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Thomas SELLE (1599 - 1663): St John Passion

Göttinger Barockchor; Göttinger Barockorchester
Dir: Antonius Adamske

rec: March 17 - 20, 2022, Ricklingen an der Leine, Schloss Ricklingen
Coviello Classics - COV92304 (© 2023) (51'49")
Liner-notes: E/D; lyrics - translations: E
Cover & track-list

Die Erd ist des Herren (D 1.48); Johannespassion mit Intermedien; Lobet den Herren (D 1.47)

Kerstin Diehl, Bogna Bernagiewicz, soprano; Johannes Euler, Luca Segger, alto; Dantes Diwiak (Evangelist), Markus Brutscher, tenor; Steffen Schulte, Janno Scheller (Jesus), bass
Martin Bolterauer, Lilli Pätzold, cornett; Andreas Neuhaus, sackbut; Rhoda Patrick, dulcian; Hans-Henning Vater, Christiane Gagelmann, violin; Konstanze Waidosch, Alma Stolte, viola da gamba; Juan Díaz, violone; Thorsten Bleich, lute, bandora; Antonius Adamske, harpsichord; Christian Windhorst, regal; Christof Pannes, organ

In Protestant Germany Passiontide was of crucial - literally and figuratively - importance. Martin Luther's main question was: "How can I find a merciful God?" By studying the Scriptures he found out that God was reconciling the world unto himself in Christ, thanks to the latter's Passion and death. His theology has been characterised as theologica crucis. No wonder, then, that in the Protestant part of Germany a large repertoire of music for Passiontide has been written. Part of that were the narratives of Jesus' suffering and death in Jerusalem according to the four Evangelists. Especially the reports in the Gospels after St Matthew and St John were frequently set. Today the Passions by Johann Sebastian Bach are part of the standard repertoire, and so are some later Passion oratorios in which the Gospel texts are not used literally but in paraphrases. Earlier Passions receive relatively little interest, although some of them have been recorded. Among those are the St Matthew Passions by Johann Theile and by Johann Sebastiani respectively. As far as I know the St John Passion by Thomas Selle has never been recorded for a commercial release. In my archive I have a studio recording by WDR Cologne with soloists and the ensemble London Baroque, which unfortumately has never been released. Therefore the recording which is the subject of this review is very welcome.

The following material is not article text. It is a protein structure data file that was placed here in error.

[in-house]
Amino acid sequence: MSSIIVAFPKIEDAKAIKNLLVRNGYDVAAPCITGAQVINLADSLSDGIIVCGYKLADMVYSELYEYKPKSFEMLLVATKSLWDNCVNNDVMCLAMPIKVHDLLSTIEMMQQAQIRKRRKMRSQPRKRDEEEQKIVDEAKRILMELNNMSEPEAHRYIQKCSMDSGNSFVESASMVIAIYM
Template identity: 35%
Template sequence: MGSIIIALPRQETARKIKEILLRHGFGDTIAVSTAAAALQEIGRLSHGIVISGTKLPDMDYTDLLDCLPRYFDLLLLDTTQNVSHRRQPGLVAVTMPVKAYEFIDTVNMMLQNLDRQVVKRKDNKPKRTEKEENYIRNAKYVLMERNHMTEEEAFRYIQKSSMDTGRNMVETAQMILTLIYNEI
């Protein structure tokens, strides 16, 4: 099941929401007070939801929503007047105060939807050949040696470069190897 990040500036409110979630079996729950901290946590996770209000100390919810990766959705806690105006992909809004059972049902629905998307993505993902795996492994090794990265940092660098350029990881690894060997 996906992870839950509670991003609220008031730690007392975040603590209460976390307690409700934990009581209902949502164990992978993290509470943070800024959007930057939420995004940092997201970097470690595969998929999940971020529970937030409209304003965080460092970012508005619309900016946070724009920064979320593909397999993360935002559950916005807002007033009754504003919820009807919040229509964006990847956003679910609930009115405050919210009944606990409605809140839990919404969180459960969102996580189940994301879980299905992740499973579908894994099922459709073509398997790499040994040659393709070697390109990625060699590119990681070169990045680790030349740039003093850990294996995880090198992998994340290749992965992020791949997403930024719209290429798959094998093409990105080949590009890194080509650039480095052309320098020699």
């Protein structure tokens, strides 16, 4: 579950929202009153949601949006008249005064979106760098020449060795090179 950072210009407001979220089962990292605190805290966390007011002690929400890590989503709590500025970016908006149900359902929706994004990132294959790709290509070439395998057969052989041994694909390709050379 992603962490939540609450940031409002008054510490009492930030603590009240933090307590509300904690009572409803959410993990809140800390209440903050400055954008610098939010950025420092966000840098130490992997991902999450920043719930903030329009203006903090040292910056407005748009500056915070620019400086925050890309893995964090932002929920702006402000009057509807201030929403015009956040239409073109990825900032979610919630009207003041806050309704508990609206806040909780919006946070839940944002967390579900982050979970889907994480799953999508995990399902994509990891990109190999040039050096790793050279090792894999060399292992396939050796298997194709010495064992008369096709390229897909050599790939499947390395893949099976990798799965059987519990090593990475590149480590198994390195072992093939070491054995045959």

From 1641 until his death Thomas Selle worked in Hamburg, where he had many possibilities to perform pieces in large-scale scorings. There he composed at least three Passions: the work-list in New Grove mentions a St Matthew Passion and two St John Passions. However, in the latter case it could concern the same work in different scorings. The St John Passion recorded by Antonius Adamske dates from 1643 and includes three intermedia. The second St John Passion mentioned in New Grove has the addition sine intermediis, which suggests that it is a more concise version of the previous Passion. The scoring of the version performed here is for four to twelve voices. It is the first Passion in history in which the narrative of the Gospel is interrupted by extra-biblical texts.